Is your spouse paranoid? - Evewoman

Is your spouse paranoid?

Paranoid spouseFor some reason, there are some spouses who are forever suspecting their partners of cheating on them.

This kind of person digs through their partner’s personal stuff, snoops on them, trails them and checks their phone messages in an effort to find ‘evidence’ of God knows what.

Insecurity between married spouses is responsible for home break-ups, divorces and physical violence.

Douglas Omondi, a medic who has been married for ten years, knows this too well. Douglas hoped that in the first years of his marriage, his wife would change for the better, but that was not the case.

“I met my wife in the church choir and thought she was an angel. But from the day I proposed to her, she has never stopped snooping around me, threatening female colleagues and has successfully kept even my female relatives at bay,” recalls Douglas.

At first, he mistook this behaviour for possessive love but when she started warning even his sisters that “this is her husband” and they should not even hug him, he sensed trouble.

As a medical practitioner, Douglas says he interacts with many women everyday but each time a woman greeted him in the presence of even his then girlfriend, she would brood the whole day and demand reassurance that she was the only woman in his life.

After they got married, the issue spiraled out of control.

“She would unnecessarily call my office many times in the first years of our marriage and followed me wherever I went,” he recalls.

The now father of two recounts the day his half-sister came from Japan after two years and the two hugged.

“My wife confronted her, claiming that she is a woman like any other and should know her limits with “other people’s husbands”.

Douglas wife was so suffocating; she literally pushed him into the arms of another woman.


“For the last six years, I have been in a romantic affair with a girl who is sober and right-minded,” Douglas confesses.

Hannah Moraa also knows what it means to have an insecure spouse and its damaging repercussions.

“My husband was choking me! He would choose my dressing, monitor my make-up and always ask who I was dressing to impress in our office,” she remembers.

There were times he would appear uninvited in office parties, claiming that he wanted to drive her home himself.

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“On Saturdays he would accompany me to the salon and would sit idle reading magazines until I was done. He thought I was seeing somebody,” she says.

When I requested him to let me run my errands alone, he would accuse me of plotting to meet another man.

The last nail on the coffin was when her office driver dropped her home one afternoon because she had a headache and had to leave work before time.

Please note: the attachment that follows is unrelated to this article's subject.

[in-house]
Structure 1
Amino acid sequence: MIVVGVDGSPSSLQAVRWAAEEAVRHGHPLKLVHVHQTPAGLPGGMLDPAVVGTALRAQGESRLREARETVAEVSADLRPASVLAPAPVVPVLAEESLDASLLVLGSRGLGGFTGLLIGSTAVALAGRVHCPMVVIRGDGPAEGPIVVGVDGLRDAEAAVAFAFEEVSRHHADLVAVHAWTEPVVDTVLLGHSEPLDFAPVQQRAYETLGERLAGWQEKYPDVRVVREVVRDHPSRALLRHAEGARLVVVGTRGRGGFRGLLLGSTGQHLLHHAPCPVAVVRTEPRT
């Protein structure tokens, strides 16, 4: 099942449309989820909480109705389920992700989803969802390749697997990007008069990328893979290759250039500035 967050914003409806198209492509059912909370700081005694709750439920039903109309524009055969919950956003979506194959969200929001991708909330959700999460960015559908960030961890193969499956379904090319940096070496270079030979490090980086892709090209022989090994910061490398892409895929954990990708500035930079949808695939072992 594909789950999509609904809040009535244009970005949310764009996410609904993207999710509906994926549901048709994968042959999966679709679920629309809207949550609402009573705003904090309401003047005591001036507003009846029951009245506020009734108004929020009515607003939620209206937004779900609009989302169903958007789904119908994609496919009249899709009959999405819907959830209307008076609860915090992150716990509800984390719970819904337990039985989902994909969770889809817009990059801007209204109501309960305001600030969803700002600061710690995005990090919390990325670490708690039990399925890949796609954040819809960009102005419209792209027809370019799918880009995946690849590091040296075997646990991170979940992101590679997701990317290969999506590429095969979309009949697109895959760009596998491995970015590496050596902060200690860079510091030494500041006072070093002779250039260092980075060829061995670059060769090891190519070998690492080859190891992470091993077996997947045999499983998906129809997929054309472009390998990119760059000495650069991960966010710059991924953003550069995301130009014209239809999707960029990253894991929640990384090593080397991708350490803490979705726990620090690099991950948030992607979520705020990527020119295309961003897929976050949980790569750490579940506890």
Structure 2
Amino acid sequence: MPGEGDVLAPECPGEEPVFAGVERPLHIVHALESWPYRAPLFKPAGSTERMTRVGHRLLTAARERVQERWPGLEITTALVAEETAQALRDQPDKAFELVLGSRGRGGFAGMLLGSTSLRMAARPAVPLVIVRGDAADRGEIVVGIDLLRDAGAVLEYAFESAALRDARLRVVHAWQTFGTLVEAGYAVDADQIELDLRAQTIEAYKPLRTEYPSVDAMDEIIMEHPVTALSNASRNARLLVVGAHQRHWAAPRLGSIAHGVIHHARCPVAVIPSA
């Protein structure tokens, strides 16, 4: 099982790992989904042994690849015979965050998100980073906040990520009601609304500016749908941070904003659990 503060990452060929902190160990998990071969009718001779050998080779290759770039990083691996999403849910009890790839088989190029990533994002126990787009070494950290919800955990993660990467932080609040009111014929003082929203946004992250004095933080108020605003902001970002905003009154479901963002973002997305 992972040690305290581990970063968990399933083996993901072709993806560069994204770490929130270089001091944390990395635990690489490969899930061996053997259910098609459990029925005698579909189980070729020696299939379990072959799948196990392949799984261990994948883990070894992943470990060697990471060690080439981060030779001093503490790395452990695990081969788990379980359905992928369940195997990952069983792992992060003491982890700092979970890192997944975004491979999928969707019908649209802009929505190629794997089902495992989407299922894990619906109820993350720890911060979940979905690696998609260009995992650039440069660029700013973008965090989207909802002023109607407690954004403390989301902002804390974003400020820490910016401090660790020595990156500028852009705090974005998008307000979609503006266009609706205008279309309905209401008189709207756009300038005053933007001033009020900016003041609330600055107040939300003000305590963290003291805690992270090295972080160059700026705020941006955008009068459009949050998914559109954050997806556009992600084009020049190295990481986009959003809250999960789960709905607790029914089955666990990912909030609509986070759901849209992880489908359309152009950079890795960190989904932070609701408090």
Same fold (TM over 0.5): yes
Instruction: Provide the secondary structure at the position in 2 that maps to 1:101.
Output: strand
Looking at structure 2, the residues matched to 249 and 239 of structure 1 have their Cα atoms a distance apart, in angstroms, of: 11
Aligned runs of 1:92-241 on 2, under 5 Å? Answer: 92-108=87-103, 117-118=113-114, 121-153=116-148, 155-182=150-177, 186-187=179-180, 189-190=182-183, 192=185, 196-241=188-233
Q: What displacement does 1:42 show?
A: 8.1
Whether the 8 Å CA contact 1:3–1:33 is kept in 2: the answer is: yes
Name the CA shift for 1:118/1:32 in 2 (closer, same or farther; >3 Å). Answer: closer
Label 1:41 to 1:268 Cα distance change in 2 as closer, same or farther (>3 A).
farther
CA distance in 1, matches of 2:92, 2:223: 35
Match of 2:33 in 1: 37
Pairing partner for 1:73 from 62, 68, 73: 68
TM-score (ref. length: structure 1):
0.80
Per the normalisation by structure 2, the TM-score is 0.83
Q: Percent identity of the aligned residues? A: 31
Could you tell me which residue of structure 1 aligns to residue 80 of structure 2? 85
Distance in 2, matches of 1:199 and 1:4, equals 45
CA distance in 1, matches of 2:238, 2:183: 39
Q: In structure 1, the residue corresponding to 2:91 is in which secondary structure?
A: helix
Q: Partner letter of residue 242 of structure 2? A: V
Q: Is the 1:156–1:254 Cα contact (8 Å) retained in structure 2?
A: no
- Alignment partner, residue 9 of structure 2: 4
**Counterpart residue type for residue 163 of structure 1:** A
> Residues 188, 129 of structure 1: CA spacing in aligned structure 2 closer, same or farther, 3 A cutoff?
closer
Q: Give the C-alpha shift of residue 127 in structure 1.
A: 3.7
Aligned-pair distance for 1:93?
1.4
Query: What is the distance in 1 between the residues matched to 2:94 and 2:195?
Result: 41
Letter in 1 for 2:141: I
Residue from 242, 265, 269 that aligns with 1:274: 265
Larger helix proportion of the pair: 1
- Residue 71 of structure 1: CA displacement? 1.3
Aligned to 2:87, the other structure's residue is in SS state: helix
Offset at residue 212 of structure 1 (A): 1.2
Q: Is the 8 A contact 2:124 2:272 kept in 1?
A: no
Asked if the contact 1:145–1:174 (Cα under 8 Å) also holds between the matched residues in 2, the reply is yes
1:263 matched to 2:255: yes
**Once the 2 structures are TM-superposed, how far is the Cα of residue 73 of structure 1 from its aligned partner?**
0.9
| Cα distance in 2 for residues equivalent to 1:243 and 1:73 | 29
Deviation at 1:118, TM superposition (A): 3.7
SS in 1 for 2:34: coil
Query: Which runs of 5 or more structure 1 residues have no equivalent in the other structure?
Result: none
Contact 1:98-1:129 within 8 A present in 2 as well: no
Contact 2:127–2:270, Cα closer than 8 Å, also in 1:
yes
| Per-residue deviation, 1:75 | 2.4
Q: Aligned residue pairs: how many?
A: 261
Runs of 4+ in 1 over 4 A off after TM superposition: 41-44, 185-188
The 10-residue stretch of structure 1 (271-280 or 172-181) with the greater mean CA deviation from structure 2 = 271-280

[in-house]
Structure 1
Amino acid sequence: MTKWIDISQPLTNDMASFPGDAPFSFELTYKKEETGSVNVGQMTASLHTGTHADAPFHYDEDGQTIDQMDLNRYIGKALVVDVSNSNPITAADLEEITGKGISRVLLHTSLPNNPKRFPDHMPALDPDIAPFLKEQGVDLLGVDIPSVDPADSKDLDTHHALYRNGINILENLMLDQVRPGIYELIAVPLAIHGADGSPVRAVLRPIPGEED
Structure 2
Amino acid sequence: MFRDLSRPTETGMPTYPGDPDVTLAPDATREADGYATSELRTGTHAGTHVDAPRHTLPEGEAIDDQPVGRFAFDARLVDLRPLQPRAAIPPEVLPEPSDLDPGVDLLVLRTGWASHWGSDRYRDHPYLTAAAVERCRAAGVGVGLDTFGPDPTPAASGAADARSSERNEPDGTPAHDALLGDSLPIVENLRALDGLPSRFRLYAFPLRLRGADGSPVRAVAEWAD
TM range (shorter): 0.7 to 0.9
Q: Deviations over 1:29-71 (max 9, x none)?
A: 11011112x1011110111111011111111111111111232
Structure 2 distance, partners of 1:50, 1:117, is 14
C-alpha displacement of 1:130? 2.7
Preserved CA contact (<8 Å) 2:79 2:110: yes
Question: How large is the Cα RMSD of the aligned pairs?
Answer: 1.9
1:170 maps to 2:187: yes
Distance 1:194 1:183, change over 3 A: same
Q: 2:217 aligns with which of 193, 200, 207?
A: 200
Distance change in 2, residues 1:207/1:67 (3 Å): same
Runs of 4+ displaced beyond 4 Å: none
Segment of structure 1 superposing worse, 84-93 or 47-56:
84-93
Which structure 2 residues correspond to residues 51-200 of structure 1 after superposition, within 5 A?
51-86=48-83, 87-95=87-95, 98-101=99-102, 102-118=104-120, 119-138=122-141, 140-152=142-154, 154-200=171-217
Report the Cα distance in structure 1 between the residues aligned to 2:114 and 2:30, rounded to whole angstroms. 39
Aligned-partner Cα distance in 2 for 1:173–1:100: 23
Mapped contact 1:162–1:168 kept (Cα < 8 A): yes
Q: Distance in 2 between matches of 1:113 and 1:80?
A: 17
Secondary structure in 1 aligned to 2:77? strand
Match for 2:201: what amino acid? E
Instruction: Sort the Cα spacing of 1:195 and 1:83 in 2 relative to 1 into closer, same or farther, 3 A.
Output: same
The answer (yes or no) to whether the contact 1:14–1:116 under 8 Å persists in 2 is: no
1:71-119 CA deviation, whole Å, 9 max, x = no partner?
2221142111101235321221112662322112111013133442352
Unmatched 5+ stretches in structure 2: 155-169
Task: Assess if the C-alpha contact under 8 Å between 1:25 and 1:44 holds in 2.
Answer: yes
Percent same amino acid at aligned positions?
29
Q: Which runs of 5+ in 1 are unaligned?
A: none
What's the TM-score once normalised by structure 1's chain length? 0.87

She unluckily found him home; he pounced on the unsuspecting driver before turning his wrath on her.

Hannah says her husband beat her up, ruthlessly bruising her face amidst warnings: “that beauty will never attract men again”.

She was forced to file for a divorce.


Not all suspicions are unjustified; some are called for, as is the case of Sam.

Sam who works in a local bank admits that he became insecure since the day he caught his wife red-handed in the office with one of her male workers.

“Why wouldn’t I be insecure when she gave me a reason to doubt her; I restricted her from all so-called company cocktails from that day unless I was accompanying her,” the banker says with ultimatum.

He confesses that every time he calls and her phone is off, he imagines that she is with another man.

“I am fighting to cope with this! You know trust is like an egg and she broke it forever,” he moans.

But what really triggers insecurity in a relationship?

Ann Gathuma, a marriage expert and TV relationship consultant says insecurity in marriages is triggered by jealousy, anger or fear.

She notes that a person who was cheated on or has cheated before is more likely to have an insecure marriage.

“They will always think what they did or what was done to them will recur,” the expert notes.

A man can also be jealous if the wife is exceedingly beautiful and attracts attention from men.

Likewise if the man is impossibly handsome and charming, he may attract female attention, which could spike jealously in the wife.

These two scenarios have to do with self-esteem issues — when one thinks their partner is too good for them.


There is, however, a type of insecurity that is unwarranted. These are extreme cases like where a wife, for instance, is suspicious of close family-members having an intimate relationship with her husband.

“If a man has such a paranoid woman, he should consider having his wife checked by a psychiatrist or a counsellor,” she says.

Ann says spouses should be equal partners in a marriage and none of them should be inferior.

“A wife can make her husband look like a frightened rabbit all the time!” she adds.

Dr John Mburu, a consultant psychiatrist in Nairobi says some insecurity that is exhibited by some people is a form of personality disorders, which may require psychiatric services.

He says that insecurity of any kind may be a symptom of paranoia. The paranoiac is suspicious of every move anyone around them makes. A paranoid wife can attack an innocent house-help or a relative in fear that they may snatch their husbands. On the other hand, a paranoid husband can cause a fight to defend the love of his wife.

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The views and opinions expressed here are those of the author and do not necessarily reflect the official policy or position of

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